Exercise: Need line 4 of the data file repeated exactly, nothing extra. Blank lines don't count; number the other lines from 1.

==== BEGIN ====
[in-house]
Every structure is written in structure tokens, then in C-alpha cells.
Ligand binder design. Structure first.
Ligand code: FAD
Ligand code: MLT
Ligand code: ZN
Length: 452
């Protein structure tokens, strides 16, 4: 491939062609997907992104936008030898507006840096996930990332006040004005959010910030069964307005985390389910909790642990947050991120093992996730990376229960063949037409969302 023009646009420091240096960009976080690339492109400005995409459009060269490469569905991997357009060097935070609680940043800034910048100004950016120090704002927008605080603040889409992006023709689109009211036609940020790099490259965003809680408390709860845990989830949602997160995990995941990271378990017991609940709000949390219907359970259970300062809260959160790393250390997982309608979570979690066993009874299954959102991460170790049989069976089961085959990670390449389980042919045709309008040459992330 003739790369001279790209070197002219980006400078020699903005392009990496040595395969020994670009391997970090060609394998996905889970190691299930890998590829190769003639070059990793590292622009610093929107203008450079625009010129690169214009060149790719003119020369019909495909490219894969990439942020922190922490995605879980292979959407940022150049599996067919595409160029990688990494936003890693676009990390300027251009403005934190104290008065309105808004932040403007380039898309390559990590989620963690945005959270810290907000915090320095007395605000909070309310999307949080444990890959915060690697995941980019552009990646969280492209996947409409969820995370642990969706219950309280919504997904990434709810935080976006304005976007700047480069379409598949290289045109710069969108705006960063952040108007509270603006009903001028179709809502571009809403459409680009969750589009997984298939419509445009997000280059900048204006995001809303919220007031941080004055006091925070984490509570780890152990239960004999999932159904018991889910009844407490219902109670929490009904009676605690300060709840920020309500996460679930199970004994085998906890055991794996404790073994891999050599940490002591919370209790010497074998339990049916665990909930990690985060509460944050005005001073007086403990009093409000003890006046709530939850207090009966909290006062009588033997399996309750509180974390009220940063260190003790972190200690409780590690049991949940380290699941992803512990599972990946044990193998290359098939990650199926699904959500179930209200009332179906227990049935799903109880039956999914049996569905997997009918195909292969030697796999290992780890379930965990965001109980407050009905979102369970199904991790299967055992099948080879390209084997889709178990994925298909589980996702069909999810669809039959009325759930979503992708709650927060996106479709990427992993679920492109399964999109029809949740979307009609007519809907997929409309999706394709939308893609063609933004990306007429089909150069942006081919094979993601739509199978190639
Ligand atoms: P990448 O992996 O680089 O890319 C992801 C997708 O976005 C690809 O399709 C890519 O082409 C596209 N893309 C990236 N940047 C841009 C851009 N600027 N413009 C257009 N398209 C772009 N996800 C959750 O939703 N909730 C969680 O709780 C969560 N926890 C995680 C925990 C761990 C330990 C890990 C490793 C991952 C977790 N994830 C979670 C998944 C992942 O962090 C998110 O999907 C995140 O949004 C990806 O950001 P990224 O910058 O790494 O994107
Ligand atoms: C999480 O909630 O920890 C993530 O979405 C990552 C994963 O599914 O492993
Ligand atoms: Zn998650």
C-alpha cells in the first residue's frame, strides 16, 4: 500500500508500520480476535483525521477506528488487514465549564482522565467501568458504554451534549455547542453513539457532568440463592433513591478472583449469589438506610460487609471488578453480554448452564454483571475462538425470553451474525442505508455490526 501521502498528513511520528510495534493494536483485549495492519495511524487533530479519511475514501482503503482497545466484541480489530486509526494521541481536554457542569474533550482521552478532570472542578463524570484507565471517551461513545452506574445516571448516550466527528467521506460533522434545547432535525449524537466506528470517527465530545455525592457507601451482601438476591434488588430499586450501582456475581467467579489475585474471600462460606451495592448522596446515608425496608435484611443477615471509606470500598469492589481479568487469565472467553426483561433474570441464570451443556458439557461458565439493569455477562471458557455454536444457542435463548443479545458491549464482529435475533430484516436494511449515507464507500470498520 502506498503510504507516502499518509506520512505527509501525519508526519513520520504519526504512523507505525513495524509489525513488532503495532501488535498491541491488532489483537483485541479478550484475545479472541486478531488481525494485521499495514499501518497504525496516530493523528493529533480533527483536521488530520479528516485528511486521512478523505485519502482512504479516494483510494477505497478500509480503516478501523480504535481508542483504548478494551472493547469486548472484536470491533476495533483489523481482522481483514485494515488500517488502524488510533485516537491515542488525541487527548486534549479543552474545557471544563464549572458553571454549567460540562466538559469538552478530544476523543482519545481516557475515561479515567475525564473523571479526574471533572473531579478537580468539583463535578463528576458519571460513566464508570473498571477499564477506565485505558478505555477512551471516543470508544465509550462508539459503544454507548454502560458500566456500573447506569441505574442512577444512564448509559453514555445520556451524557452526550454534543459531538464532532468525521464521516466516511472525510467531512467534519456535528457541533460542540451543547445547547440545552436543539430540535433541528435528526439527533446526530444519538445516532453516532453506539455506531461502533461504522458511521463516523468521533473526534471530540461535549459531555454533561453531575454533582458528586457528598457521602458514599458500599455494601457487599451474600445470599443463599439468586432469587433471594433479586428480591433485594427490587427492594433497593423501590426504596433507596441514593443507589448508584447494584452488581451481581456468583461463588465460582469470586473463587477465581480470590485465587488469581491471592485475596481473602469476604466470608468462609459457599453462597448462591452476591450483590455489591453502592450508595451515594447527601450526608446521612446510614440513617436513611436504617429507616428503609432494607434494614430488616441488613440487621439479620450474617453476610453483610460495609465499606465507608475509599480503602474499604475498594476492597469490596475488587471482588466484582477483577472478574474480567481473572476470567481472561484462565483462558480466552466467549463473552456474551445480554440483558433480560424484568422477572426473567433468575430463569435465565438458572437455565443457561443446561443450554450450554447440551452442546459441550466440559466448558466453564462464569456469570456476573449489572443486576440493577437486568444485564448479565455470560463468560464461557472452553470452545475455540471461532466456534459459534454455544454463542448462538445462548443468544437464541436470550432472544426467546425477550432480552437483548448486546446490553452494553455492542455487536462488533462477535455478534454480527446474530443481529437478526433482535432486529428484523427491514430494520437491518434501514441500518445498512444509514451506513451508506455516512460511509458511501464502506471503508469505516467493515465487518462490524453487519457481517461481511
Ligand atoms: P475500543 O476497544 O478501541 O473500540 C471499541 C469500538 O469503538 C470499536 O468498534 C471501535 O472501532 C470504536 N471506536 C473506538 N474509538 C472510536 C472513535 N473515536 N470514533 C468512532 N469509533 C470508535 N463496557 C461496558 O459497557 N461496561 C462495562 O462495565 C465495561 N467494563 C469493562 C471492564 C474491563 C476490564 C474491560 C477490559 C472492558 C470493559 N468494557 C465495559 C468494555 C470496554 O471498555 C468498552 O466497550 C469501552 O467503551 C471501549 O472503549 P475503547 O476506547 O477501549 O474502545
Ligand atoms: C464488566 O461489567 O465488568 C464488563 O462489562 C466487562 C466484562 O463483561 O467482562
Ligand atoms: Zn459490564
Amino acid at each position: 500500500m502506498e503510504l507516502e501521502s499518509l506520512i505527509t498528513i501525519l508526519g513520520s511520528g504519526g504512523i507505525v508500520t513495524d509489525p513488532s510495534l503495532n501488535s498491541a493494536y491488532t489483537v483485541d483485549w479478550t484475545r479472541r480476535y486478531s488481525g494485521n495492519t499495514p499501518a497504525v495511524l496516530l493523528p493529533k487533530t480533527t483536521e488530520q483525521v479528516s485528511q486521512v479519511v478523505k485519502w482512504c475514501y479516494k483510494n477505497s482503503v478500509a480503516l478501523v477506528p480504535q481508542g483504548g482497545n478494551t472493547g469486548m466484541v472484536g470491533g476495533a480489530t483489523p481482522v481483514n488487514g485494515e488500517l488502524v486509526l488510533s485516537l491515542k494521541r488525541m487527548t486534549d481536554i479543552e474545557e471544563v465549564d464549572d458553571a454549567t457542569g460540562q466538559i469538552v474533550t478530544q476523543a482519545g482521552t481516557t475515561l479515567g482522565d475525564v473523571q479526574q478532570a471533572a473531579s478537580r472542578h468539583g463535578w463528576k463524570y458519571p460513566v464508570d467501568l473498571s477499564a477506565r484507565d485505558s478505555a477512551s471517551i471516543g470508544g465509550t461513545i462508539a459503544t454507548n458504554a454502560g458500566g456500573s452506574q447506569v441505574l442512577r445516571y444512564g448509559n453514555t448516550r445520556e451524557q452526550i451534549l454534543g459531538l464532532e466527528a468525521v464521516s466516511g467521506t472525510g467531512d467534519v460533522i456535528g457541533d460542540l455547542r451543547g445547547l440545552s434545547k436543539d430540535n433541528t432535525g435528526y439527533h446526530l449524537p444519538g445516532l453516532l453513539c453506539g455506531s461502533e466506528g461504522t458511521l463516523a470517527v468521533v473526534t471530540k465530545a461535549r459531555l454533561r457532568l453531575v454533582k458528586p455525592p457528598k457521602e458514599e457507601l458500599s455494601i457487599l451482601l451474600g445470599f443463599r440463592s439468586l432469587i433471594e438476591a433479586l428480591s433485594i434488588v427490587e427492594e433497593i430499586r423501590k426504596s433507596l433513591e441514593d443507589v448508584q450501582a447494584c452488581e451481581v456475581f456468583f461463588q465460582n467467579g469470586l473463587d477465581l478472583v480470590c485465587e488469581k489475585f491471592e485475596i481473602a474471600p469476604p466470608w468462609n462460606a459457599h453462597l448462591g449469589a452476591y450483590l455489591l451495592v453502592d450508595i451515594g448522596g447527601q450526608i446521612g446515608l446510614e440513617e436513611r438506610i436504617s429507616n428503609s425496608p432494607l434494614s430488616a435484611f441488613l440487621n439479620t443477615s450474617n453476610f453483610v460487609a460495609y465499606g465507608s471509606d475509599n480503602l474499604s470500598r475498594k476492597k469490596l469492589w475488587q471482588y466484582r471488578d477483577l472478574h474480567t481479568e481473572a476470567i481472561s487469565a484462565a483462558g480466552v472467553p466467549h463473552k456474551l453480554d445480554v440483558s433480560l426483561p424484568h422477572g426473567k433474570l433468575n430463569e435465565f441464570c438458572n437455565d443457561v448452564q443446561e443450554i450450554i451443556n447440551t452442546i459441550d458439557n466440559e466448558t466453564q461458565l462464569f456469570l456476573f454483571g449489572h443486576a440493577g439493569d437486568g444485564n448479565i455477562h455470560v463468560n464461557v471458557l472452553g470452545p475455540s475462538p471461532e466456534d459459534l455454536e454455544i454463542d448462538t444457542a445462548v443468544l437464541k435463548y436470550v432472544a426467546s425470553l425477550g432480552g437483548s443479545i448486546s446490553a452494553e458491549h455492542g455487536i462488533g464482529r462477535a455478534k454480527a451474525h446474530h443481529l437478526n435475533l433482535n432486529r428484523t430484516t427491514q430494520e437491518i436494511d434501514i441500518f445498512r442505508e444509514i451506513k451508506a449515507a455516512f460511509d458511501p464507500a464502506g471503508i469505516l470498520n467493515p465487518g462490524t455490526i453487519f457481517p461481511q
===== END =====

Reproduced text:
Ligand code: FAD